Shaivism book cover
context information

Shaiva (शैव, śaiva) or Shaivism (śaivism) represents a tradition of Hinduism worshiping Shiva as the supreme being. Closely related to Shaktism, Shaiva literature includes a range of scriptures, including Tantras, while the root of this tradition may be traced back to the ancient Vedas.

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In Jainism

General definition (in Jainism)

Source: The University of Sydney: A study of the Twelve Reflections

Yoṣit (योषित्) refers to “women”, according to the 11th century Jñānārṇava, a treatise on Jain Yoga in roughly 2200 Sanskrit verses composed by Śubhacandra.—Accordingly, “Women (yoṣit) do not come, nor indeed will they go away, with anyone. Nevertheless, those who are ignorant enter hell for the sake of them”.

Synonyms: Strī, Kalatra, Aṅganā, Vallabha, Rāma.

Source: Singhi Jain Series: Ratnaprabha-suri’s Kuvalayamala-katha

Yoṣit (योषित्) refers to the “(Eight) women” (of Indra’s court) which refers to the Eight auspicious Girls—(representing the eight celestial nymphs of Indra’s heaven) which are mentioned as holding various attributes, according to Uddyotanasūri in his 8th-century Kuvalayamālā (a Prakrit Campū, similar to Kāvya poetry).—Page 93.17-8: There is a list of Eight auspicious girls holding respectively sprouted water-jars, fan-palm, fly-whisk, parasol, mirror, mṛdaṅga, harp, drum and cloth and ornaments. These were regarded as eight celestial nymphs of Indra’s heaven and frequently referred in literature as aṣṭakanyā or sabhā-kanyā. [...] The list of eight auspicious girls also occurs in the Lalitavistara (VII, p. 71). [...] These were also known as the eight women of Indra’s court (aṣṭau yoṣitaḥ or aṣṭau apsarasaḥ).

General definition book cover
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Jainism is an Indian religion of Dharma whose doctrine revolves around harmlessness (ahimsa) towards every living being. The two major branches (Digambara and Svetambara) of Jainism stimulate self-control (or, shramana, ‘self-reliance’) and spiritual development through a path of peace for the soul to progess to the ultimate goal.

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Languages of India and abroad

Sanskrit dictionary

Source: DDSA: The practical Sanskrit-English dictionary

Yoṣit (योषित्).—f.,

-yoṣitā [Uṇādi-sūtra 1.97] A woman, a girl, young woman in general; गच्छन्तीनां रमणवसतिं योषितां तत्र नक्तम् (gacchantīnāṃ ramaṇavasatiṃ yoṣitāṃ tatra naktam) Meghadūta 39; Śiśupālavadha 4.42;8.25; योषा योषित् योषिता च जोषा जोषिच्च जोषिता (yoṣā yoṣit yoṣitā ca joṣā joṣicca joṣitā) Śabdaratnāvalī.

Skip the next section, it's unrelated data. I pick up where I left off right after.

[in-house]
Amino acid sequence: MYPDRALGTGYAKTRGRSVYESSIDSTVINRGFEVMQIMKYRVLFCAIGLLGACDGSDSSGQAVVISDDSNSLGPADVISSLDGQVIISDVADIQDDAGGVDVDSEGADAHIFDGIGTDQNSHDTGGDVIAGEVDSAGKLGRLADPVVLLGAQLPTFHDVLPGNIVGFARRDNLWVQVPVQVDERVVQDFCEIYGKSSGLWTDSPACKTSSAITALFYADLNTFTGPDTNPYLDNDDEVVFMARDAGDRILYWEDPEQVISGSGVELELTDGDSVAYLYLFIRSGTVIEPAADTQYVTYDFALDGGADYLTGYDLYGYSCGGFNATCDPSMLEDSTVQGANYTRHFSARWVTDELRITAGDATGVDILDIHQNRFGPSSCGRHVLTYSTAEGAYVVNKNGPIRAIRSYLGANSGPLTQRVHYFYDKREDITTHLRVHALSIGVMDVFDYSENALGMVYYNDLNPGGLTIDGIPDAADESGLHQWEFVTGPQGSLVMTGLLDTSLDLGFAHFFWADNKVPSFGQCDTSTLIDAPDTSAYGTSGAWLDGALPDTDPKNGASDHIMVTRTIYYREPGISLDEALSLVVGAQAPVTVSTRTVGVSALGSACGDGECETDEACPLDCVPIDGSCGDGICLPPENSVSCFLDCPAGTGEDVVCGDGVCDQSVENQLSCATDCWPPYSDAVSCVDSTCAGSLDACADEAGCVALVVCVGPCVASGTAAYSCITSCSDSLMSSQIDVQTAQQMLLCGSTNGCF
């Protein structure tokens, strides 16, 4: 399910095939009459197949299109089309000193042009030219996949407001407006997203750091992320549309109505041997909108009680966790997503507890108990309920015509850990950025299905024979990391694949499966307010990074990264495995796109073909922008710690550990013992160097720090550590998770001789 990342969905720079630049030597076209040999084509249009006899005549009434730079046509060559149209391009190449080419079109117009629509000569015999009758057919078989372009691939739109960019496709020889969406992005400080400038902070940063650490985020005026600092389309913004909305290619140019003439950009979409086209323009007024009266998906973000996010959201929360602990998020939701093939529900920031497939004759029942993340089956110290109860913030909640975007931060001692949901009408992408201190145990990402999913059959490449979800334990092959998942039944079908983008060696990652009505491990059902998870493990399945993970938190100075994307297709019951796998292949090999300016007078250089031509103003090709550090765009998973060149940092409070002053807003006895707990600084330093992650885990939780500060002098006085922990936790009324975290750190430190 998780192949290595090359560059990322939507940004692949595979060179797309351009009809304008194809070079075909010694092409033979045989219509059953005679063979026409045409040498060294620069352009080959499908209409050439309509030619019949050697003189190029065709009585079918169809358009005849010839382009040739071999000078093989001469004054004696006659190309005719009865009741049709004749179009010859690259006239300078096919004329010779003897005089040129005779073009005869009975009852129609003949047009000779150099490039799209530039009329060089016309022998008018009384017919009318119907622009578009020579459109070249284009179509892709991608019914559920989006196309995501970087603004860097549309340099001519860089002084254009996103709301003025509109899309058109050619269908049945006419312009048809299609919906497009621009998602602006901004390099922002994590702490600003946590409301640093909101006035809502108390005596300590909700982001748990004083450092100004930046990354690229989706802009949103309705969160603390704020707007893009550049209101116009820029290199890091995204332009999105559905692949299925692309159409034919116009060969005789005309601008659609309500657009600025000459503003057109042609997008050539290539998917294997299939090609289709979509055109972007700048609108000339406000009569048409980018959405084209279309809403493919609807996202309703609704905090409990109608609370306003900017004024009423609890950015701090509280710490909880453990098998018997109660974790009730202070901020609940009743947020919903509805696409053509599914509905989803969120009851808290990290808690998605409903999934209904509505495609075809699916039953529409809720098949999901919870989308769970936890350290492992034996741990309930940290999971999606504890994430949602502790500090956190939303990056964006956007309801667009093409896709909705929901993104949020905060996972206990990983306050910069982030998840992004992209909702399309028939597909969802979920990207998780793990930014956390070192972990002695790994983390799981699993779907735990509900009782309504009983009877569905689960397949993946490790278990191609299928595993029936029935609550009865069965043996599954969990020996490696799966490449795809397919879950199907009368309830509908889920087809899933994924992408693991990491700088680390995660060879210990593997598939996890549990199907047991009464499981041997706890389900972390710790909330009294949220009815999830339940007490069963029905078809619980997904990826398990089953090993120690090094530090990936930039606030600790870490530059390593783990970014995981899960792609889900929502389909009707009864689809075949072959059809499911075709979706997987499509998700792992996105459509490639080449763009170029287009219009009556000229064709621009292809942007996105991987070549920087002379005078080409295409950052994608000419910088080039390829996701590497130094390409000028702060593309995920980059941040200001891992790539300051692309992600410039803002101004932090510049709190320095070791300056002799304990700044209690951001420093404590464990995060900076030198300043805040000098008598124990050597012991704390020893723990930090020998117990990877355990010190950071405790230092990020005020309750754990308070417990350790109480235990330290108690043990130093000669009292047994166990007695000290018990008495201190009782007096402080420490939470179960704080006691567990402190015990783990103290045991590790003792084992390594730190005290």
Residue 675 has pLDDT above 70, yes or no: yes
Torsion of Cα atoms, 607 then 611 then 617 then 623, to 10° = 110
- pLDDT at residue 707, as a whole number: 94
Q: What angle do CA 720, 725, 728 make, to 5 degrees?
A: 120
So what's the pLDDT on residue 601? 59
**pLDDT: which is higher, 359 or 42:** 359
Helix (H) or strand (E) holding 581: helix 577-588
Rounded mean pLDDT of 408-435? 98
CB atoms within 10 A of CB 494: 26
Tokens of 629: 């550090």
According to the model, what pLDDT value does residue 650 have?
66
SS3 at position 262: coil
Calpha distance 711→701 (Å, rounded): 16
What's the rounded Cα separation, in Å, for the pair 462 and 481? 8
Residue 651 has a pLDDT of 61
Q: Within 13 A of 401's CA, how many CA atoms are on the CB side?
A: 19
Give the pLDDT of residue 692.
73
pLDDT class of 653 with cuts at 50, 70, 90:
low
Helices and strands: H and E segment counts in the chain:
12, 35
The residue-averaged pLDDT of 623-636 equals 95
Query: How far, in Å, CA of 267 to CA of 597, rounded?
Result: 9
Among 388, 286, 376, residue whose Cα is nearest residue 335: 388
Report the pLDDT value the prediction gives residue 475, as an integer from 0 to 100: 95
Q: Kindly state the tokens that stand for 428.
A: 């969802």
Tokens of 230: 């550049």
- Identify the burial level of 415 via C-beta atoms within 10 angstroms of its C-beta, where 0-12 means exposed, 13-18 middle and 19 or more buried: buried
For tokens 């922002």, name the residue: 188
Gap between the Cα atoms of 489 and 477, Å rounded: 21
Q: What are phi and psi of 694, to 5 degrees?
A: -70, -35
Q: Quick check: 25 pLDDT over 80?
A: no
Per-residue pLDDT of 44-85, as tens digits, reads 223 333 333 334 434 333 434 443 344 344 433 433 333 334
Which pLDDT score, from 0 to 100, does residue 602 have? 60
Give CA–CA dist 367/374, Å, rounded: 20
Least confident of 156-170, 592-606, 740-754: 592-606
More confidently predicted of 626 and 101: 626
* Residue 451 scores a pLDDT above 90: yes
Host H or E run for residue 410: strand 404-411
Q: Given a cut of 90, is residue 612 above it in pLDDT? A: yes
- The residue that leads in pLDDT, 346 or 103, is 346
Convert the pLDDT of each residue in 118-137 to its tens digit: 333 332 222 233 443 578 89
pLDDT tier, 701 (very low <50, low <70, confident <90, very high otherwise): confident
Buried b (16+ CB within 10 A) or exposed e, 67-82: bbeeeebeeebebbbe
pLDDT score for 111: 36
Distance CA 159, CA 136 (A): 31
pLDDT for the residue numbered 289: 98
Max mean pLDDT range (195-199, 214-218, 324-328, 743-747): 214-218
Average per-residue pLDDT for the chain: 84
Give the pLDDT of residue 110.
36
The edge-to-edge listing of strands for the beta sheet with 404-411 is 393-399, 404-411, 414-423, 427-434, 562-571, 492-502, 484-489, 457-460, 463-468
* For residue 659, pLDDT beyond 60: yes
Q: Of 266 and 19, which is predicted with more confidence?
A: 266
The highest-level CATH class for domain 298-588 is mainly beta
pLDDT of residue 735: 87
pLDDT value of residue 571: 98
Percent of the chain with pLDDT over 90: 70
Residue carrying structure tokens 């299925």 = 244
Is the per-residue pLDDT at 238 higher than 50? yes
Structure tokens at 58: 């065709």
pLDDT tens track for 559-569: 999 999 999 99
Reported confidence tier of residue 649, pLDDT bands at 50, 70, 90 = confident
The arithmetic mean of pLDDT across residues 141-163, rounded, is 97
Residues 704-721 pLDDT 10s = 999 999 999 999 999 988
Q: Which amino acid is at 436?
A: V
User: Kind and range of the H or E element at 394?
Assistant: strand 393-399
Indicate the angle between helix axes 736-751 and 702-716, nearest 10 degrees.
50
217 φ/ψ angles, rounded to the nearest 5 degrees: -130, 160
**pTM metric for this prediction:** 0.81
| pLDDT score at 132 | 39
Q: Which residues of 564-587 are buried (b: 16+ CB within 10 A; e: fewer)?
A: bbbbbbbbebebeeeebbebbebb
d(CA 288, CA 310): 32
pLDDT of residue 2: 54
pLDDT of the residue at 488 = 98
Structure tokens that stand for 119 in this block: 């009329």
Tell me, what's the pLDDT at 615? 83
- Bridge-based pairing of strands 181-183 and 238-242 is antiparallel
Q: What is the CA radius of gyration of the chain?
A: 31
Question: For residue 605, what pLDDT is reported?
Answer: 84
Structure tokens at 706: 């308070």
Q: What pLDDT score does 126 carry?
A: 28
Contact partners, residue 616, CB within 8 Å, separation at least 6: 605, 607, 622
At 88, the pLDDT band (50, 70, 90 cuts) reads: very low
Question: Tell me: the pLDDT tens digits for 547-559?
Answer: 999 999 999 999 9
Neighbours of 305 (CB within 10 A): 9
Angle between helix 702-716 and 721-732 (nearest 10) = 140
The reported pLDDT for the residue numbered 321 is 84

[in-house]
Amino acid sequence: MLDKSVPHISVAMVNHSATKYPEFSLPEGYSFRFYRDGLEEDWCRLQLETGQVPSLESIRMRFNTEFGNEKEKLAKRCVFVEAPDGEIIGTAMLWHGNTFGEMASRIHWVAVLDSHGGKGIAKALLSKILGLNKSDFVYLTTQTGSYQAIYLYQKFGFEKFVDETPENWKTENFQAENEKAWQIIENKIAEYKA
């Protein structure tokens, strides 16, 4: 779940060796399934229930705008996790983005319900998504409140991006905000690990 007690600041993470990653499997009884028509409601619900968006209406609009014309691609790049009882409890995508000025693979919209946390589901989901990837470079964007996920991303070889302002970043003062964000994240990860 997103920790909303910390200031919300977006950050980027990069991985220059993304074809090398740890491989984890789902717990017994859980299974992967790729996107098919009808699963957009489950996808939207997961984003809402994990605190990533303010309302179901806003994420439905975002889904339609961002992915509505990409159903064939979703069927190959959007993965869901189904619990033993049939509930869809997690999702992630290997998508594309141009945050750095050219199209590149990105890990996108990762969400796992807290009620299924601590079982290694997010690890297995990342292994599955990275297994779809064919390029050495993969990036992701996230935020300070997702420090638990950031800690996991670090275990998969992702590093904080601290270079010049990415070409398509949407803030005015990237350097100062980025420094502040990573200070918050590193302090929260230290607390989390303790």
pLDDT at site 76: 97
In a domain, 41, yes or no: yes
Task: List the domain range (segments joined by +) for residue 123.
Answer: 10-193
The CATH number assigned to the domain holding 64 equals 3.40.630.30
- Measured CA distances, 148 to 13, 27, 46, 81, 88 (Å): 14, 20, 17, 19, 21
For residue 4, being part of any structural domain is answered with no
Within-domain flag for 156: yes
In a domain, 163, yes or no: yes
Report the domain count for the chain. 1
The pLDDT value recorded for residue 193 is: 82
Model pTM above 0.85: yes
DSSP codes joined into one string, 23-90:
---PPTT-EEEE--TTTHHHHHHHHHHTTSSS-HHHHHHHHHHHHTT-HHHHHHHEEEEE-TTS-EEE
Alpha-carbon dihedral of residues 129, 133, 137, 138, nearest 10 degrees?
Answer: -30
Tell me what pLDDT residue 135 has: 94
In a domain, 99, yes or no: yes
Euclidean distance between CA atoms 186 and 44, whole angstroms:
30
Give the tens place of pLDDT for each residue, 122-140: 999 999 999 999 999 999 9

See also (synonyms): yoṣā.

Source: Cologne Digital Sanskrit Dictionaries: Shabda-Sagara Sanskrit-English Dictionary

Yoṣit (योषित्).—f. (-ṣit) A woman in general. E. yuṣ Sautra root, to serve, to worship, to hurt, iti Unadi aff.; also with ṭāp added yoṣitā f. (-tā) .

Source: Cologne Digital Sanskrit Dictionaries: Benfey Sanskrit-English Dictionary

Yoṣit (योषित्).—i. e. juṣ + it (for joṣant, ptcple. pres.), f. A woman, [Vikramorvaśī, (ed. Bollensen.)] [distich] 40.

Source: Cologne Digital Sanskrit Dictionaries: Cappeller Sanskrit-English Dictionary

Yoṣit (योषित्).—[feminine] the same.

Source: Cologne Digital Sanskrit Dictionaries: Monier-Williams Sanskrit-English Dictionary

Yoṣit (योषित्):—[from yoṣaṇā] f. = yoṣaṇā (also applied to the females of animals and to inanimate things e.g. yoṣito mantrāḥ, ‘female magical texts’), [Ṛg-veda]; etc.

Source: Cologne Digital Sanskrit Dictionaries: Yates Sanskrit-English Dictionary

Yoṣit (योषित्):—(t) 5. f. Idem.

[Sanskrit to German]

Yoshit in German

context information

Sanskrit, also spelled संस्कृतम् (saṃskṛtam), is an ancient language of India commonly seen as the grandmother of the Indo-European language family (even English!). Closely allied with Prakrit and Pali, Sanskrit is more exhaustive in both grammar and terms and has the most extensive collection of literature in the world, greatly surpassing its sister-languages Greek and Latin.